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We all stand a very good chance of getting our lives back – once nearly everyone is vaccinated.

So why not make vaccination mandatory, at least for some jobs and some activities?

Yesterday, we wrote about the carrots governments are going to have to dangle to raise Canada’s impressive but still insufficiently high vaccination level.

It means doubling down, and doubling down again, on steps provinces and local health authorities are already taking: more community vaccination sites; more workplace clinics; more outreach. We also need teams going door to door, offering appointments or instant vaccination. Give people second and third and sixth chances to get a first shot.

Polling and experience suggest that, for many and probably most of the one-quarter of eligible Canadians who are still without that first shot, the main barrier is accessibility.

But along with the sweet carrot approach, what about also deploying a few sticks? What about some clear, firm rules as to things you can only do if you’re vaccinated?

Businesses, educational institutions and Canadians are begging governments to lay down the law. So far, they haven’t.

Canada today is like a country with thousands of roads and millions of cars, but where the stop sign, the yield symbol and the red light have yet to be invented.

For example, British Columbia’s recently released guidelines for the postsecondary sector is a document full of steps for reducing campus outbreaks, from masking, to hand-washing, to blocking off half the chairs in classrooms, to instructing riders on campus transit to remain seated and not move around the bus.

The word “vaccine” does not make an appearance.

B.C.’s “COVID-19 Return to Campus Primer,” released in April, encourages everyone in postsecondary education to get vaccinated, since reopening campuses rests on double-dose immunization being widespread by fall. Yet the document nevertheless says: “The COVID-19 vaccine will not be mandatory.”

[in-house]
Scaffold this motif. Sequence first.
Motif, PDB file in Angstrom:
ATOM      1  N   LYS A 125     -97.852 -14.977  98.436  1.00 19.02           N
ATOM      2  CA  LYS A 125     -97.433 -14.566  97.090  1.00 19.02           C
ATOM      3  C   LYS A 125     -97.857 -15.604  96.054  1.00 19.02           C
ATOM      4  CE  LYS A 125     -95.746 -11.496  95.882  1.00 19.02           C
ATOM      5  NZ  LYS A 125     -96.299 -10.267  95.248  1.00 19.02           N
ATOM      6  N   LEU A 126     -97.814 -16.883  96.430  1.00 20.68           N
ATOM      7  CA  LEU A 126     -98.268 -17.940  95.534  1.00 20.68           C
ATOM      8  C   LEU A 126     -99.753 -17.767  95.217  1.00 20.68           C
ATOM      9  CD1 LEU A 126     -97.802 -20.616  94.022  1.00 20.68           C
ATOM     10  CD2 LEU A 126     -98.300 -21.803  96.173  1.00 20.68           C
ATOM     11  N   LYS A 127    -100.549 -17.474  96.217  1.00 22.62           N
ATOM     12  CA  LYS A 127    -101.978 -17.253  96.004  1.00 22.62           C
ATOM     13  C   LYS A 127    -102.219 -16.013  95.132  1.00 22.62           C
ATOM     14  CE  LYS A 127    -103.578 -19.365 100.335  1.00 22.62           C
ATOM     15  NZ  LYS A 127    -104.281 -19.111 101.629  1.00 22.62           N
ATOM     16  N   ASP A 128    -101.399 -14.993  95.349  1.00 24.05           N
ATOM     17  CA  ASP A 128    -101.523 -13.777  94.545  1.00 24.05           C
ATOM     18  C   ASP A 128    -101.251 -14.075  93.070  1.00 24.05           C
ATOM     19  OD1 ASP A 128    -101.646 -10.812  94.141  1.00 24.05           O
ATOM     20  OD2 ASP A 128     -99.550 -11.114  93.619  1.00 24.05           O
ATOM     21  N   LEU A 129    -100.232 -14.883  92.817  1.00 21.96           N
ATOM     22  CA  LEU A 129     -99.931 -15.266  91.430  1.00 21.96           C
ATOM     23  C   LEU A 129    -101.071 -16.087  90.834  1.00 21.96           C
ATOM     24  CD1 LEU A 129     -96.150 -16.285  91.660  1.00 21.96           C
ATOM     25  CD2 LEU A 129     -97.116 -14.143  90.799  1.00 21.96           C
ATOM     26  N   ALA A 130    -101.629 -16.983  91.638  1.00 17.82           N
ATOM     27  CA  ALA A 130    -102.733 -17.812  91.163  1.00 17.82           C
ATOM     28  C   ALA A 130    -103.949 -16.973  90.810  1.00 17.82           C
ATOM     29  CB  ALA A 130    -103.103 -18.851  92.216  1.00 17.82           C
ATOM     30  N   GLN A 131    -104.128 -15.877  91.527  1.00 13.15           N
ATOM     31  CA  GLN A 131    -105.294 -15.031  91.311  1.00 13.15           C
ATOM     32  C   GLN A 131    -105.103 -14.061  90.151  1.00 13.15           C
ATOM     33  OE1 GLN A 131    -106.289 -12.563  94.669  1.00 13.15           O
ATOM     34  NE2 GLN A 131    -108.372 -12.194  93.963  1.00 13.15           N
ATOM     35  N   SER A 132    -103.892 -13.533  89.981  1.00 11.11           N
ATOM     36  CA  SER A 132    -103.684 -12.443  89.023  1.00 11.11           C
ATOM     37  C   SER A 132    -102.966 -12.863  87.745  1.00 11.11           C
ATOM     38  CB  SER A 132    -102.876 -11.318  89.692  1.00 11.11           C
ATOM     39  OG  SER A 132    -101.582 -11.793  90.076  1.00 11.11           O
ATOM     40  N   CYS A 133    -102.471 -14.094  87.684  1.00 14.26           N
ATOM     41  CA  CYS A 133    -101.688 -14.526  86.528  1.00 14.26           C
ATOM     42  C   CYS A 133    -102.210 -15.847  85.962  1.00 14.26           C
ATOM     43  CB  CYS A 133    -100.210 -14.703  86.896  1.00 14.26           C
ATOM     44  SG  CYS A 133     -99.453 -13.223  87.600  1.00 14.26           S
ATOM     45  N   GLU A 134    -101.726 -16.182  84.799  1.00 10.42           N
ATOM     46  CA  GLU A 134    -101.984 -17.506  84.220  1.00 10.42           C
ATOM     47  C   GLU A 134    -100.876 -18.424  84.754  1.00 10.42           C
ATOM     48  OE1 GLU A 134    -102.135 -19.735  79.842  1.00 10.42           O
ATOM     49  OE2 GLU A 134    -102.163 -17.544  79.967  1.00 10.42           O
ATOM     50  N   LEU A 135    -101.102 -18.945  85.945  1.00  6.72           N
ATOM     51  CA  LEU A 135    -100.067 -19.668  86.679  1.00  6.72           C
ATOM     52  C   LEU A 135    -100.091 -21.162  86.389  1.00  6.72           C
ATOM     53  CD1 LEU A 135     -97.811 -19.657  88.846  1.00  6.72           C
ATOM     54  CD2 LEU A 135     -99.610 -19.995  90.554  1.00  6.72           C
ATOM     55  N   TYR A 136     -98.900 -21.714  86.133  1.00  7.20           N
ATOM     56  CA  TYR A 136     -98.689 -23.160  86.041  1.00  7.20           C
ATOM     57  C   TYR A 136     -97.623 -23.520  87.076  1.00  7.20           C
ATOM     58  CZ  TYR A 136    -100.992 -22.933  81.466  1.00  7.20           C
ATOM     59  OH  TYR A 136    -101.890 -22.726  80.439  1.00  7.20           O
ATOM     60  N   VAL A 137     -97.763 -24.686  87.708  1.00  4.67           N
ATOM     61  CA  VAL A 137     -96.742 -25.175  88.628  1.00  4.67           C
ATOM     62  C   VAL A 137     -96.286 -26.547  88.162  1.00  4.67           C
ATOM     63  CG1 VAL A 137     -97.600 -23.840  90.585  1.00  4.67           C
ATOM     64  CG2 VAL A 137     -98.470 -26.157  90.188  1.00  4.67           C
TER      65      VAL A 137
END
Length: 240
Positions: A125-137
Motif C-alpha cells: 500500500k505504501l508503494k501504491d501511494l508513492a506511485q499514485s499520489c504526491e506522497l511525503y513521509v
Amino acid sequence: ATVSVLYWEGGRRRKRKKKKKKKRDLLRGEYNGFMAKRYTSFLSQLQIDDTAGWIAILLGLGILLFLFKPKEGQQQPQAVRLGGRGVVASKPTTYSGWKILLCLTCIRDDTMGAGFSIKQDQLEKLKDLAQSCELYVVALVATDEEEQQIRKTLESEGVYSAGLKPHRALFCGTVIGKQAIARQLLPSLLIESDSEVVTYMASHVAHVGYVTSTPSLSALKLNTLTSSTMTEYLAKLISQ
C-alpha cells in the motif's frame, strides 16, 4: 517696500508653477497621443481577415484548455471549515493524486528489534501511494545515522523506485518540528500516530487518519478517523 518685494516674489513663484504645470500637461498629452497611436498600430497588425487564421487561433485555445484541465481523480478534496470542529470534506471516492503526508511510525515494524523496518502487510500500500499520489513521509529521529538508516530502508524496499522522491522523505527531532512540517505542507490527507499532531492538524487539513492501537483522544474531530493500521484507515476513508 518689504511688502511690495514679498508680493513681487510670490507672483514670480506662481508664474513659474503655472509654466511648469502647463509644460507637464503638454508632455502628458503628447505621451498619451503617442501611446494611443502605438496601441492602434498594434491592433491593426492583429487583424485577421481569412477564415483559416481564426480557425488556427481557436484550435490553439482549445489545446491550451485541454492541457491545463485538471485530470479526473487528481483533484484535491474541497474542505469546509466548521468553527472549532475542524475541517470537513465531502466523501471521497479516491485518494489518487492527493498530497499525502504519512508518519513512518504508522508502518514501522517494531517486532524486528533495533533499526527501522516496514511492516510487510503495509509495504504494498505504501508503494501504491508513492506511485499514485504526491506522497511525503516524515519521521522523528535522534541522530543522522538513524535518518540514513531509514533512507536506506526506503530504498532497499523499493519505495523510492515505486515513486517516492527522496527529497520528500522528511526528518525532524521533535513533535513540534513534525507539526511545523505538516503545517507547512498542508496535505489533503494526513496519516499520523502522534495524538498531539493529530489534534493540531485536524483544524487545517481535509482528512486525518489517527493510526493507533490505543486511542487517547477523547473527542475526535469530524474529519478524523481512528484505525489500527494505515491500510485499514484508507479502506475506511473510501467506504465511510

In the absence of action from Ottawa and the provinces, each individual employer, store and school is having to choose to either invent its own vaccination rules, or have none. No matter their choice, they risk lawsuits, grievances and human-rights complaints, from employees and customers alike.

To avoid that, governments must lay out the rules of the road – Ottawa in its field, and provinces in theirs.

Individual businesses and schools can’t negotiate their way through this, any more than drivers, in the absence of stop signs, traffic lights and traffic laws, can avoid crashing into one another at a four-way intersection.

What should the rules be?

Some universities have said that, as of this fall, students living in residence must be fully vaccinated. Why not go further? To protect students, faculty and the wider community, provinces should mandate that, to attend in-person university and college classes, you must be vaccinated. There can be exemptions for religious reasons.

In public schools in Ontario, parents have long had a legal obligation to vaccinate their children against a number of diseases – mumps, measles, chicken pox and so on. For students 12 years of age and older, add COVID-19 to the list. Other provinces should do likewise. Again, there may be religious exemptions.

The liberal values that underpin our society include freedom of religion, conscience and speech. People are free to believe that COVID-19 is a hoax, and to argue that vaccines are a plot. You have the right to hold a protest expressing those views, every day of the week. You have the right to run for office on that platform.

But there is no constitutional right to put other people’s health at risk. As such, there are places where you should not work unless you are vaccinated.

Take long-term care, and health care generally. Of course vaccination should be a job requirement. Provinces should make it so. Don’t put each institution in the position of having to invent its own rules, each subject to lawsuits.

Want to be an airline passenger? A member of the flight crew? Get vaccinated. This isn’t a call airlines should make, and it isn’t one they want to make. Creating common rules, for the common good, is why we have governments.

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